Okay, I made the last one up.  But really... it's no weirder than their actual claims.  The people who wrote this website obviously believe it all; it has none of the hallmarks of a spoof.  It's full of links to pages describing how various malevolent aliens are plotting to take over Earth, with intricate details of which alien races are in league with which, who might tentatively be on our side, which ones have already established bases on Earth, and so on.  You have to wonder if the people responsible for this are simply paranoid and delusional -- which, as a mental illness, I can have some sympathy for -- or if they are making the whole thing up to see how many people they can bamboozle.  (Speaking of L. Ron Hubbard...)

Sad to say, I've known people who actually believed in alien conspiracies, so the idea of someone falling for this nonsense is not as outlandish as it may seem.  And as I've commented before, once you've accepted that there's a Big Scary Evil Conspiracy, everything afterwards is seen through that lens.  My attempts to convince the alien believers that what they were claiming was complete horse waste were met with very little success.  In fact, afterwards, I sort of sensed that they acted a little suspicious of me -- as if my arguing with them just proved that I was in alliance with the aliens.

Or maybe... that I am an alien.  My AP Biology students are certainly suspicious in this regard, given that the summer reading assignment this year had to do with the possibility of life on other planets.  More than one of them speculated that I'd given the assignment only because I had a lot of knowledge base to work from, being an extraterrestrial myself.

I wonder which kind I am?   I don't want to be a little turquoise guy, and the reptilians are becoming a little passé, frankly.  Maybe I could be a Horlock, which are sort of like the Men in Black.  I look good in black.  Besides, they can disappear at will, and alter people's memories, which seem like pretty damn cool superpowers to have.

Tuesday, October 6, 2015

Anti-vaxx backfire

For people with an axe to grind, there's a problem with the scientific method; it can't be swayed by bribes or specious arguments.  Followed correctly, it will give you answers -- even if those answers aren't the ones you'd hoped for.

Now, this doesn't mean that unscrupulous people can't cherry-pick the data afterwards and claim they've been vindicated.  But the method itself doesn't care what your political leanings are, what your biases are, what religion (if any) you belong to...

... or whether you believe in pseudoscience.  Which is a lesson that anti-vaxx organization SafeMinds should have learned before they spent $250,000 only to end up proving that they're wrong.

SafeMinds states their stance clearly, right on their "About Us" page:
The vast majority of new autism cases are due to worrisome changes in our environment – growing chemical exposures, poor nutrition, alterations in our biome, expansion of medical interventions, indoor lifestyles.  These changes are modifiable.  The autism epidemic can be reversed by accelerating environmental research and demanding reform in public health policies.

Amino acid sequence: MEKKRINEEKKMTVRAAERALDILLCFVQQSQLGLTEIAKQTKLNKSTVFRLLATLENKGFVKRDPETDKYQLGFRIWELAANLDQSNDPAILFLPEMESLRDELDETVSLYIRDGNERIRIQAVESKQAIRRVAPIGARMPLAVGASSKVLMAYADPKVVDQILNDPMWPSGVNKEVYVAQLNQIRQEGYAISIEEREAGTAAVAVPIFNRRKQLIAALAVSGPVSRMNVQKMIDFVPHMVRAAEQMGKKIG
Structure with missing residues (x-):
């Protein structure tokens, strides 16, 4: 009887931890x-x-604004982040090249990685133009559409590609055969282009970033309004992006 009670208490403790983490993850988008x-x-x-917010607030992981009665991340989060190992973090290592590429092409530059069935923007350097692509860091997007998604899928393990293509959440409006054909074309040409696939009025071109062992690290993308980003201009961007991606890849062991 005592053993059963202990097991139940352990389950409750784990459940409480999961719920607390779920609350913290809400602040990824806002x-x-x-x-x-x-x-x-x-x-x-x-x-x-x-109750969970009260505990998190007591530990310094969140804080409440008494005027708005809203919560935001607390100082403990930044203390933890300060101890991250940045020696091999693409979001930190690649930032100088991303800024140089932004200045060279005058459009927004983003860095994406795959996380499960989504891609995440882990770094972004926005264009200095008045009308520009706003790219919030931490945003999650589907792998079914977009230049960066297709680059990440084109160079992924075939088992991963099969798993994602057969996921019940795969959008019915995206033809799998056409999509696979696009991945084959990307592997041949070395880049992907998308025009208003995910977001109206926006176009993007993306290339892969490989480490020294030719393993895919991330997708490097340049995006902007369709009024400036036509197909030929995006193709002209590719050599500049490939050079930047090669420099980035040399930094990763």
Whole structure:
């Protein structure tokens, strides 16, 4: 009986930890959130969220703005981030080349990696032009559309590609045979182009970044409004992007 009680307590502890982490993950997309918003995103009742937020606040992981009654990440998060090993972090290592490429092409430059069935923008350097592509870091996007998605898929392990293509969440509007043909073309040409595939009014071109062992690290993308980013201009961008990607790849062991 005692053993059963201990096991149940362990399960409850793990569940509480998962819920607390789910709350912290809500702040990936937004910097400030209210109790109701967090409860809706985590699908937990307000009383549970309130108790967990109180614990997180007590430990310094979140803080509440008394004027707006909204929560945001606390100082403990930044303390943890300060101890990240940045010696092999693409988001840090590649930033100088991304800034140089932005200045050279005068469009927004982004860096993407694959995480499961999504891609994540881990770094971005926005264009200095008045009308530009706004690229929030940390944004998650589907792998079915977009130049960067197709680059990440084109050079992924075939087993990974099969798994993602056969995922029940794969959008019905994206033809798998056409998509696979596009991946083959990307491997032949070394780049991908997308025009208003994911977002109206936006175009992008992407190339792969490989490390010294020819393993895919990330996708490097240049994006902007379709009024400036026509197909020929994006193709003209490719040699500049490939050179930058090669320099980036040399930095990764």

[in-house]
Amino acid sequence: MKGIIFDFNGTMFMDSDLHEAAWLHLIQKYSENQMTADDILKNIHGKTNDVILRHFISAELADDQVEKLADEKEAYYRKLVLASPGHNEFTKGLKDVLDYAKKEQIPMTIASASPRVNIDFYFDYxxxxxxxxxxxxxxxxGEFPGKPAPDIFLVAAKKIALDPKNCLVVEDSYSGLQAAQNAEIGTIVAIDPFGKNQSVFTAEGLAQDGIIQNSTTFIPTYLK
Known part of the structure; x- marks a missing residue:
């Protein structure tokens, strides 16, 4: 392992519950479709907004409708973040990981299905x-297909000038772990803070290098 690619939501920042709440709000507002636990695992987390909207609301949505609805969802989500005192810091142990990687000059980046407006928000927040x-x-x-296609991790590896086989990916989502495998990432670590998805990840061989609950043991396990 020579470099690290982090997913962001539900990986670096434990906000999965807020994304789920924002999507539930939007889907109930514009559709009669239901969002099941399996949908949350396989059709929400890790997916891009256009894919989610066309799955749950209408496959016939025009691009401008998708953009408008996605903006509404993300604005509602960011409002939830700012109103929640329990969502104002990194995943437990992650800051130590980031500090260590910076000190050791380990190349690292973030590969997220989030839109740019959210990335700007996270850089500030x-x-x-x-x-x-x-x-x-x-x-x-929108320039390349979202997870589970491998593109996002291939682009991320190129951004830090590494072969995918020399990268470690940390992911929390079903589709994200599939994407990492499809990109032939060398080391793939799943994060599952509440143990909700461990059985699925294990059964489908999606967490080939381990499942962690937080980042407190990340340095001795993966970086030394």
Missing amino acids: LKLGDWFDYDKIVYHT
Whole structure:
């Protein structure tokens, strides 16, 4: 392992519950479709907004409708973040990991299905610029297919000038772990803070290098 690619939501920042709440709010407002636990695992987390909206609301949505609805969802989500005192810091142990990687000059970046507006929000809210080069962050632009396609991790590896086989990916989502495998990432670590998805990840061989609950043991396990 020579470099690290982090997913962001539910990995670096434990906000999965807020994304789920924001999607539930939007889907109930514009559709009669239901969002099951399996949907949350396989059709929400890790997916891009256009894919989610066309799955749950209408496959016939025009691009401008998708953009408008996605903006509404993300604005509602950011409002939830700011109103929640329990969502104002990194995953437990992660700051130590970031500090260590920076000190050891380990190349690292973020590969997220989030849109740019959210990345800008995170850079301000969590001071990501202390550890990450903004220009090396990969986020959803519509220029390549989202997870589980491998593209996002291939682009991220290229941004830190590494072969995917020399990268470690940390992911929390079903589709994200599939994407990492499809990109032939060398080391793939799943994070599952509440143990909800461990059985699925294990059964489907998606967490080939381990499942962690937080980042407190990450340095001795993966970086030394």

The problem is, the data doesn't support that conclusion.  The best research recently has shown that there is a strong link between autism and genetics -- including a study showing that the correlation for autism between monozygotic (identical) twins is 76% -- while it is only 34% between same-sex dizygotic (fraternal) twins, and 18% for dizygotic male/female twins.

How do you explain that if autism is caused by environmental factors alone?

But as we've seen, once you've decided you're right about something, even arguments and hard evidence won't change your mind.  In fact, as baffling as this is, it appears that it might make your erroneous convictions stronger.

Which is why SafeMinds pitched in $250,000 to fund a study of the effect of vaccines on the brains of baby macaque monkeys.  Okay, study after study has shown that there is no connection between vaccination and anything except becoming immune to deadly childhood diseases -- but maybe this time they'd have the smoking gun in hand.

[image courtesy of the Wikimedia Commons]

Predictably, it didn't quite work out that way.  Science writer David Gorski, over at Science-Based Medicine, describes it this way:
Between 2003 and 2013, SafeMinds provided scientists from the University of Texas Southwestern School of Medicine, the University of Washington, the Johnson Center for Child Health & Development and other research institutions with approximately $250,000 to conduct a long-term investigation evaluating behavioral and brain changes of baby rhesus macaques that were administered a standard course of childhood vaccines.  (The National Autism Association, another organization that has questioned vaccine safety, also provided financial support for this research.)  The latest paper in the multiyear project was published Monday in the Proceedings of the National Academy of Sciences (PNAS).  In it, the researchers concluded that vaccines did not cause any brain or behavioral changes in the primates.